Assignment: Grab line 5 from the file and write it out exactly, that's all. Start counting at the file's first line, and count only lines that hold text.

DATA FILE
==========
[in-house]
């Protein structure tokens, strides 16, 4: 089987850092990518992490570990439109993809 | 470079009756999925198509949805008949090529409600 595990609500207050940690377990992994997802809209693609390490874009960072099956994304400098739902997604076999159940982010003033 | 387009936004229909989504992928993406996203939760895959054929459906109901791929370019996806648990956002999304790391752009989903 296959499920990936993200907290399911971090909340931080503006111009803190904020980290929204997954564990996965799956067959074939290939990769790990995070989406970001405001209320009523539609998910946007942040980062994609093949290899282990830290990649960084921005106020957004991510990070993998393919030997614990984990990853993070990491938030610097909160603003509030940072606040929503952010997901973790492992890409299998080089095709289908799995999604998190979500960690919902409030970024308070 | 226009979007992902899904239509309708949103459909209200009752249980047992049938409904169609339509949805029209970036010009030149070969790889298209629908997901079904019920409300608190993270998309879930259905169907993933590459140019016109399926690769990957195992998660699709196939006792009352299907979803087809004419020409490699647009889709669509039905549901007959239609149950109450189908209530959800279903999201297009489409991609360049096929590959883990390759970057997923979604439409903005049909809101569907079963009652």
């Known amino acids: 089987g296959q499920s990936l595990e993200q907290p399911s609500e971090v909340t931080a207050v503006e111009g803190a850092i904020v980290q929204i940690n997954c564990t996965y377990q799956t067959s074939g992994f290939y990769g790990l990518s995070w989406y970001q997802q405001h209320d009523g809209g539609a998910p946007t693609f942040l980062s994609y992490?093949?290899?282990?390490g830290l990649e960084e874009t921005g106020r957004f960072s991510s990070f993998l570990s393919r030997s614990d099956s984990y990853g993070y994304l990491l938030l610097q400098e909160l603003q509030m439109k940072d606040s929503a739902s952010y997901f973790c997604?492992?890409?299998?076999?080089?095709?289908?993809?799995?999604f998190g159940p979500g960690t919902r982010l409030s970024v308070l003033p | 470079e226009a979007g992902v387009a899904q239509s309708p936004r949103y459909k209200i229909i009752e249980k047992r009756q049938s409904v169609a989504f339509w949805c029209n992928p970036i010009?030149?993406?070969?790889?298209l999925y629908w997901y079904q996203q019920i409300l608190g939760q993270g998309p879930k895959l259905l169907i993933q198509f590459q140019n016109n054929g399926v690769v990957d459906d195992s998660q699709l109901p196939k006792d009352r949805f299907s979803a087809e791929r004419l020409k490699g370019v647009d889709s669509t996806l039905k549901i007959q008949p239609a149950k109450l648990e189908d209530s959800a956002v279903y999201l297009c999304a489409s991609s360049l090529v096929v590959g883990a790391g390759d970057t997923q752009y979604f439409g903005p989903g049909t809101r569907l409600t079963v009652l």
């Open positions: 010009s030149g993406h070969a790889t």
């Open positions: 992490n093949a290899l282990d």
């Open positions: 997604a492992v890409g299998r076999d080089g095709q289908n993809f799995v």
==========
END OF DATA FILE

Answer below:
């Open positions: 992490n093949a290899l282990d």